The Hawaiian Islands exhibit some of the most diverse ecosystems in the world. These ecosystems range from tropical rainforests to alpine deserts. One ecosystem that you can find on all of the Hawaiian Islands is a rainforest known as a Tropical Montane Cloud Forest (TMCF). In fact, just look up at the Koʻolau mountains on any given day and you’ll likely see low lying clouds hiding the peaks. These clouds often surround the summit on even the sunniest days and cast shadows upon the valleys. But what really is a TMCF and why are they important to us?
What are “Tropical Montane Cloud Forests”? As the name suggest it is an atmospheric environment where the vegetation level is enveloped in clouds frequently or seasonally. They are a unique ecosystem that can be found between 3,000 -4,000 ft., with some starting as low as 1,650 ft. There are two general types of cloud forests that exist depending on amount of rainfall they receive. One is a wet windward TMCF and the other is a drier leeward TMCF. The Koʻolau mountain range falls into the first type of cloud forest, which has heavy orthographic rainfall with high annual precipitation.
Why are they important to us? Environmentally cloud forests are important to island people because they act as a starting point to our ahupuaʻa and help supply our downstream ecosystems with water. TMCFs are of high interest in research because of the value they give to an island hydrologic system. In times of drought cloud forests supply dry streambeds with water and help restore the island’s water reserve. Cloud water interception has now been identified as a biological source of water in mountain areas. However, many things still remain unknown about these isolated ecosystems.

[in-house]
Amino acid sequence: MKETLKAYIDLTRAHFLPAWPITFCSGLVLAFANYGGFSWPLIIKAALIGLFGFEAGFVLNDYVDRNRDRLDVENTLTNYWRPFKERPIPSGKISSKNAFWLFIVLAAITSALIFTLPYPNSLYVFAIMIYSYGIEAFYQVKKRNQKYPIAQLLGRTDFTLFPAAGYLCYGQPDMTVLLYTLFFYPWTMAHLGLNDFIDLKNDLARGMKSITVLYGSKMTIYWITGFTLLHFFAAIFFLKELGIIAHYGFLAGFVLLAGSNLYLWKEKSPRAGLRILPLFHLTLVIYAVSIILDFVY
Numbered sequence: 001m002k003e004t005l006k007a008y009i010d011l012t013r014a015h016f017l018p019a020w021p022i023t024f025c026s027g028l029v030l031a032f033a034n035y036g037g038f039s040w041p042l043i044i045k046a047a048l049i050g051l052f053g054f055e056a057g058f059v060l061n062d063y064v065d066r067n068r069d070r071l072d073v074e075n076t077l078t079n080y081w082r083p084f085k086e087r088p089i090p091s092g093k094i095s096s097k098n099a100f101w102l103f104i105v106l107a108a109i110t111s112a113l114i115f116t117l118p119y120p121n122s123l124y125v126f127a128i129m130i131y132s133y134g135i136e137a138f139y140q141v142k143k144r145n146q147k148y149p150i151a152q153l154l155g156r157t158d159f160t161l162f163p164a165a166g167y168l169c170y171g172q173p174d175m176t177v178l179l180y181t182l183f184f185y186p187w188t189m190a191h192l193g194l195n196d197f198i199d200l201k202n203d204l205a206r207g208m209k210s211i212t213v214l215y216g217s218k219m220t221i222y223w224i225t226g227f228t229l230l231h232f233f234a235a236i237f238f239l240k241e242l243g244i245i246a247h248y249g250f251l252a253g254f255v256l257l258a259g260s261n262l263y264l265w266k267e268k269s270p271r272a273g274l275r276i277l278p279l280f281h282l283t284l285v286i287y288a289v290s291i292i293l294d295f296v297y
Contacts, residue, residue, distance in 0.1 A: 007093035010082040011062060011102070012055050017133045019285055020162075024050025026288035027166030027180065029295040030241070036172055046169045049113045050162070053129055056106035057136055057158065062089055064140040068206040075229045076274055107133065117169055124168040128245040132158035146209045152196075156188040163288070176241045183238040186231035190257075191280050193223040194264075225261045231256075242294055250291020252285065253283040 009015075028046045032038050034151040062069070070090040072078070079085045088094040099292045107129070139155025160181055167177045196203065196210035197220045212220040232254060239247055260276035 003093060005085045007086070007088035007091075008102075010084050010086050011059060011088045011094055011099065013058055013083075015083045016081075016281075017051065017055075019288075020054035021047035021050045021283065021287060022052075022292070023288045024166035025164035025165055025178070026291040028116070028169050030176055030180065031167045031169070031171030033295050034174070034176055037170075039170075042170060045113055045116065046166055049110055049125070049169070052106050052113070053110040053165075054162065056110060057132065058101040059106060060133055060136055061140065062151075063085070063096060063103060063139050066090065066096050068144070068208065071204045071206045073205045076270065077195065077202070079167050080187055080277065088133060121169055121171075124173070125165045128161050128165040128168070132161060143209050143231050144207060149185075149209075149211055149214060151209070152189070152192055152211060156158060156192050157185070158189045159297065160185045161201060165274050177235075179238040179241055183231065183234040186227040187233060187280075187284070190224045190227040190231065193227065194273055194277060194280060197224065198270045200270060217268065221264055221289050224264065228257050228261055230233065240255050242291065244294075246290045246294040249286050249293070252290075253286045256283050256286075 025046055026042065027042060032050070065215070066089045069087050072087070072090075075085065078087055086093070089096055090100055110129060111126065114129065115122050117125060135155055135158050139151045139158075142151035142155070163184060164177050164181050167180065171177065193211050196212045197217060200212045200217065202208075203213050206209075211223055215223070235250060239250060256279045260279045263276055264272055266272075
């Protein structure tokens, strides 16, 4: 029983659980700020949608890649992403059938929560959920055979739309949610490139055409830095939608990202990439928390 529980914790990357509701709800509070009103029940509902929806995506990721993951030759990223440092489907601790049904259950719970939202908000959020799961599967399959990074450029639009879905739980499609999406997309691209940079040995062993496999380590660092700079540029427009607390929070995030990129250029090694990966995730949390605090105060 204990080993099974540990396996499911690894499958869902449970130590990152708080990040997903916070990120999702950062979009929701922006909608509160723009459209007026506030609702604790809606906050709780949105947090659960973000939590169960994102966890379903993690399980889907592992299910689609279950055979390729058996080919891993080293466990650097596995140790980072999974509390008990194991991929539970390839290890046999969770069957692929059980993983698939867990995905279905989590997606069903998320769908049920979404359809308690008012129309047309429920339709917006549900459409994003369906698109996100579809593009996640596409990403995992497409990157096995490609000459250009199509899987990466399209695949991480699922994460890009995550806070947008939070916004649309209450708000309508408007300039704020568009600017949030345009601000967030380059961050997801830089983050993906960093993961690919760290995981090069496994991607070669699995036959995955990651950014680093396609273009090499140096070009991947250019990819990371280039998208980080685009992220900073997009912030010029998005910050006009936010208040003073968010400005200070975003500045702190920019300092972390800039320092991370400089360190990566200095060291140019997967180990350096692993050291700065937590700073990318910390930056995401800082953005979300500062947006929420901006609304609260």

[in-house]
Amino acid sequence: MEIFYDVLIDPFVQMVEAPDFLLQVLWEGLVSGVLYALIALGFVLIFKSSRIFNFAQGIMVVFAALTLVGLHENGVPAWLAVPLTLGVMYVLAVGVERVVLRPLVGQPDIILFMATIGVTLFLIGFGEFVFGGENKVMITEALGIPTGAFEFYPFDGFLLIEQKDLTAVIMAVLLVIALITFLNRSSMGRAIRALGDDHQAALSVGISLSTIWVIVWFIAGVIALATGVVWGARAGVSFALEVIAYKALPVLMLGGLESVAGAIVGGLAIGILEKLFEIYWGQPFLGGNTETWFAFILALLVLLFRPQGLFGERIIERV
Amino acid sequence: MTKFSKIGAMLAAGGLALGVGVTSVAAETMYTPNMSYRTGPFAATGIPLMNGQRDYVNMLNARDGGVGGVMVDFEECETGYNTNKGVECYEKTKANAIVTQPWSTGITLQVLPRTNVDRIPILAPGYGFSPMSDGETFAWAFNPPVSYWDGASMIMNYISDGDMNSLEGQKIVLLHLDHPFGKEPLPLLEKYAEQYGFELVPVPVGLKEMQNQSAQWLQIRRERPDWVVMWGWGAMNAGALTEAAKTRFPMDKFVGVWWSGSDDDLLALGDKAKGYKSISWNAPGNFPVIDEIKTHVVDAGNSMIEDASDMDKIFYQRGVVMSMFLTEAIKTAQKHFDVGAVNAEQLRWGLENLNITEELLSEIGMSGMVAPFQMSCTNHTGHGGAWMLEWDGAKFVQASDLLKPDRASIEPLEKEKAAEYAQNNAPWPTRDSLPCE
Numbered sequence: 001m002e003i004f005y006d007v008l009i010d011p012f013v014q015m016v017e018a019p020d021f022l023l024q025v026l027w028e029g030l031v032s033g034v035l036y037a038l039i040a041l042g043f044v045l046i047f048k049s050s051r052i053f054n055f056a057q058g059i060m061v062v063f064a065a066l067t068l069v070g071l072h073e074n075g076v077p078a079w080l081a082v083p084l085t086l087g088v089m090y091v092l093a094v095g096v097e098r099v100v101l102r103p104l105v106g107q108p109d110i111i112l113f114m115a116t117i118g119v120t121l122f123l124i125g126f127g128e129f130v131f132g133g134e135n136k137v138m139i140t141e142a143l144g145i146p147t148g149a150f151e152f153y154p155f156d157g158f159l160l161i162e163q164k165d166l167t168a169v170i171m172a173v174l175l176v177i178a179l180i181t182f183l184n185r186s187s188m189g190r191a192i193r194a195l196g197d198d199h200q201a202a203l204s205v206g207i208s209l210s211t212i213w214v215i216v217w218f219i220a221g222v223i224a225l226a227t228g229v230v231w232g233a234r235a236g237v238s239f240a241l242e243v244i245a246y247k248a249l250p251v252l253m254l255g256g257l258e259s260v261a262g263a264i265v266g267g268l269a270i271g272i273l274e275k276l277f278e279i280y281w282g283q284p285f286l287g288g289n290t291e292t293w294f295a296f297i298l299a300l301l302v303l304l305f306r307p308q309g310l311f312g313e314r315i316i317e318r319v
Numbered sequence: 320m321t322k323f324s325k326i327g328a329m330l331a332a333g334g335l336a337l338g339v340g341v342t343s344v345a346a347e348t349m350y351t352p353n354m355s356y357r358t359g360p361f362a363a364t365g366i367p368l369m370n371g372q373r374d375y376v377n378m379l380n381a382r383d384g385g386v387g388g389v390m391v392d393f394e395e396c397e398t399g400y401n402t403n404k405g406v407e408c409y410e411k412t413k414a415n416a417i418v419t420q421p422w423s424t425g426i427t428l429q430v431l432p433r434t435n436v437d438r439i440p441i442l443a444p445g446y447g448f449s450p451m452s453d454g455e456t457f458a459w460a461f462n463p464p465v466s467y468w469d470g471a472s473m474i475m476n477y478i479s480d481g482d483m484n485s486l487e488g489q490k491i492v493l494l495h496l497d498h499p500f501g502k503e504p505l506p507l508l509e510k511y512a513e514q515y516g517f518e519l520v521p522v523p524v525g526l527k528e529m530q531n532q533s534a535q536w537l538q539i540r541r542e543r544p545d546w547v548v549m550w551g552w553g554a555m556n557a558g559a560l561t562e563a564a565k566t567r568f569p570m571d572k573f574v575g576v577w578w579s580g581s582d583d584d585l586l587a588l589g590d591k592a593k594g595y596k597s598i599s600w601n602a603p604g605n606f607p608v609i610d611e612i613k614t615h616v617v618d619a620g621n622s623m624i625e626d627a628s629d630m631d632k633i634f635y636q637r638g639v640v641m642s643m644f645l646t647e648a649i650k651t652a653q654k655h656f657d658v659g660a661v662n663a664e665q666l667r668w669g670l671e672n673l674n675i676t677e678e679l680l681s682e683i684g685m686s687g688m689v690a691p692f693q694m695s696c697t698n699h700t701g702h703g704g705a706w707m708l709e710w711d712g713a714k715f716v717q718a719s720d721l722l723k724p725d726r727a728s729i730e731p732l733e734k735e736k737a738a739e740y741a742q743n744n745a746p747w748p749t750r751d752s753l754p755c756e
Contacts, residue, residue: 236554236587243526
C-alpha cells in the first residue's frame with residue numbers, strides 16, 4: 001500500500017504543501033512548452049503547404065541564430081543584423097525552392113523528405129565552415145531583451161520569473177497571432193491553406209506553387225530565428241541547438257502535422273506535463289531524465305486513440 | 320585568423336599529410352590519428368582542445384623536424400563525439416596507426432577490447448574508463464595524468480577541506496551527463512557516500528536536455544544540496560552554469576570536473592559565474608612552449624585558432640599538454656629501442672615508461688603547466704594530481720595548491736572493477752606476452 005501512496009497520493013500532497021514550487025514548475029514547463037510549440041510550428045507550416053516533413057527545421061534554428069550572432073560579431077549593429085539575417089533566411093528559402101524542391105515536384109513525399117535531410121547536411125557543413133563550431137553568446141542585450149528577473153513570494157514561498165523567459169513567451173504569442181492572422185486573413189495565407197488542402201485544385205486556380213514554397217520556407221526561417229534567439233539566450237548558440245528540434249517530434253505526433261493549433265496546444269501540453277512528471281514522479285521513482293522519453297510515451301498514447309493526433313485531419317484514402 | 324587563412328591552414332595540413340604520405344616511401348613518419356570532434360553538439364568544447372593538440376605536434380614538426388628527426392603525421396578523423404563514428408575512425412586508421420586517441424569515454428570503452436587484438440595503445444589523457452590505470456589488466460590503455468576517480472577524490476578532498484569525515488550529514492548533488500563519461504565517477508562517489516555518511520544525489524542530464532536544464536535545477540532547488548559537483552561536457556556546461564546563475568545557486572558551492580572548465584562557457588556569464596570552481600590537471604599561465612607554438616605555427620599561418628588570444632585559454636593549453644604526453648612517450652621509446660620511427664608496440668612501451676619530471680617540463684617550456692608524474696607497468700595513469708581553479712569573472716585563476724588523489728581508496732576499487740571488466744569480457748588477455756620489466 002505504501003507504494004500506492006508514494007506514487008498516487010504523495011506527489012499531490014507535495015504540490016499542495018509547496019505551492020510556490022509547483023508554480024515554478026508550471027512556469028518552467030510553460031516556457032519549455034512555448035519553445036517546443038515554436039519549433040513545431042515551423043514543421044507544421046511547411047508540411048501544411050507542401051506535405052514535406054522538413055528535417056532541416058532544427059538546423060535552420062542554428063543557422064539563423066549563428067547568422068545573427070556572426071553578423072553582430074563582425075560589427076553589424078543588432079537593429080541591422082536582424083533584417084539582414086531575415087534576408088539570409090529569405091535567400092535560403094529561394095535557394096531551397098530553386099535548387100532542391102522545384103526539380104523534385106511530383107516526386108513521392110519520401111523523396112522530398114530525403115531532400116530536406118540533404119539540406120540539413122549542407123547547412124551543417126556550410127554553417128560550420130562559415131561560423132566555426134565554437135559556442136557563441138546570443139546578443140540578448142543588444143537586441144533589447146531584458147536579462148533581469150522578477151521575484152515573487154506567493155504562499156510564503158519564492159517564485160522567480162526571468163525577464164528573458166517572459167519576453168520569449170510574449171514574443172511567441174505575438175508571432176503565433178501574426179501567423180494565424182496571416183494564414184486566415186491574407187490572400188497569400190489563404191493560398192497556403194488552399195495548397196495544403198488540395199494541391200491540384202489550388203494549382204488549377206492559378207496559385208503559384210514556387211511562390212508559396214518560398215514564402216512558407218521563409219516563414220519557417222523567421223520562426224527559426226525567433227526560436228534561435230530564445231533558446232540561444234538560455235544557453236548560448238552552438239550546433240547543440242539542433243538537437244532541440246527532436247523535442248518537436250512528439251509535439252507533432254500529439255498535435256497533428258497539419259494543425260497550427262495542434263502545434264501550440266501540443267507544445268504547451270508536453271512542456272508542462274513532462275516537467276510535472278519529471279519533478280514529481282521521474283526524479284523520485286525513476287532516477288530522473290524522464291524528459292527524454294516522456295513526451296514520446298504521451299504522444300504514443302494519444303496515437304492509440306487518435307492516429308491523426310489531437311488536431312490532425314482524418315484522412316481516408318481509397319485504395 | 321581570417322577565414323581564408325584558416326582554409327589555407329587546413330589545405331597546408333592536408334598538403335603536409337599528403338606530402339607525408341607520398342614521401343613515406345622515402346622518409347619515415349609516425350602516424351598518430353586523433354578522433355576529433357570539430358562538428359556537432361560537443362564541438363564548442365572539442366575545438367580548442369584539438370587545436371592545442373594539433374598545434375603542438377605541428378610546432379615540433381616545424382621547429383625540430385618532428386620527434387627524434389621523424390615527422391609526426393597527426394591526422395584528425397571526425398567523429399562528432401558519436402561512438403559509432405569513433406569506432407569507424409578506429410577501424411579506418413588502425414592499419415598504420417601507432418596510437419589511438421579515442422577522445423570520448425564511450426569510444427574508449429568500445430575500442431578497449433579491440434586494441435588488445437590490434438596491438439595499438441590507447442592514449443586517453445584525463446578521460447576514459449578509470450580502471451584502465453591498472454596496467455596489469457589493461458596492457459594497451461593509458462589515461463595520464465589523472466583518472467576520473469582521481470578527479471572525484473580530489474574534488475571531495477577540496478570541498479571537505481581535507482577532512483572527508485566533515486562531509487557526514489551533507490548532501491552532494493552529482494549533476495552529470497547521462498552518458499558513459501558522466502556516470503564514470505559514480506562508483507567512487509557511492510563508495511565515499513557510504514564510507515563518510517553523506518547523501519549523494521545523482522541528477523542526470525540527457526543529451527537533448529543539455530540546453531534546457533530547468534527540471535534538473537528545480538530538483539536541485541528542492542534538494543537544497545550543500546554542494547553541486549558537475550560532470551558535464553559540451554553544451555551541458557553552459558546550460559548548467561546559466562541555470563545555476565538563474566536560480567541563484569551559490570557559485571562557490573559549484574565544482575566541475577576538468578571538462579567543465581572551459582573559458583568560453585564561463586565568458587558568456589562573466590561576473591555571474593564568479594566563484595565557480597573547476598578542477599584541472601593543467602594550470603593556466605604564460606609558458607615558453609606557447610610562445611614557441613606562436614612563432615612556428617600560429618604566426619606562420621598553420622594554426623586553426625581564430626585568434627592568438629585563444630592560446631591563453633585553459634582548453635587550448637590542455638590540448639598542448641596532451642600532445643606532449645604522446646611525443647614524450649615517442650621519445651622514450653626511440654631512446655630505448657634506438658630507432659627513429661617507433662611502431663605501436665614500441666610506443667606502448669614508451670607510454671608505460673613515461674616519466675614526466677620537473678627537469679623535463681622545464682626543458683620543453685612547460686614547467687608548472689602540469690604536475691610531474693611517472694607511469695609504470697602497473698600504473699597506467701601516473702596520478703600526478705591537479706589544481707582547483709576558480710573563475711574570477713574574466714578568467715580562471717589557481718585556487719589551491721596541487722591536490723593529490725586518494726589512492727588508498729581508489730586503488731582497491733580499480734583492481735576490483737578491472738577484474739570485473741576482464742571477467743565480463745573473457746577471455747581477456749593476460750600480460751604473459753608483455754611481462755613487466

By defining and understanding TMCFs we learn how to care for these important ecological resources and ultimately become better stewards of our ʻāina. Culturally, Hawaiians understood the importance of cloud forests and held a deep appreciation for their entire ahupuaʻa. The bond between Hawaiians and nature was truly unique and they developed names to describe the natural phenomena around them. These included the clouds, fog, and mist that develop on the island’s high mountain forests. The fog or clouds on the mountains were described by the Hawaiian word ‘Ohu and translates "to be adorned as with lei” perhaps to reference the ring of clouds that often encircle the Koʻolau peaks.
The natural water cycle provided by cloud forests help to cleanse and preserve the ecosystems from mauka to makai. The water resources provided by clouds forests eventually flow naturally throughout our biodiverse watersheds which ultimately help filter impurities and rejuvenate the lower lying ecosystems. HOK champions to effectively manage and protect our water resources. Protection of water quality and natural resources here in the Koʻolaupoko region begins with our upper most ecosystems. Your financial contributions and volunteer participation in our programs allows us to continue our mission.
By: Jordan Kilbey HOK Board of Directors Vice President
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The mission of Hui o Ko`olaupoko is to protect ocean health by restoring the `aina: mauka to makai. This is done in partnership with stakeholders including interested citizens, non-governmental organizations, government, educational institutions and businesses while using and focusing on sound ecological principles, community input, and cultural heritage.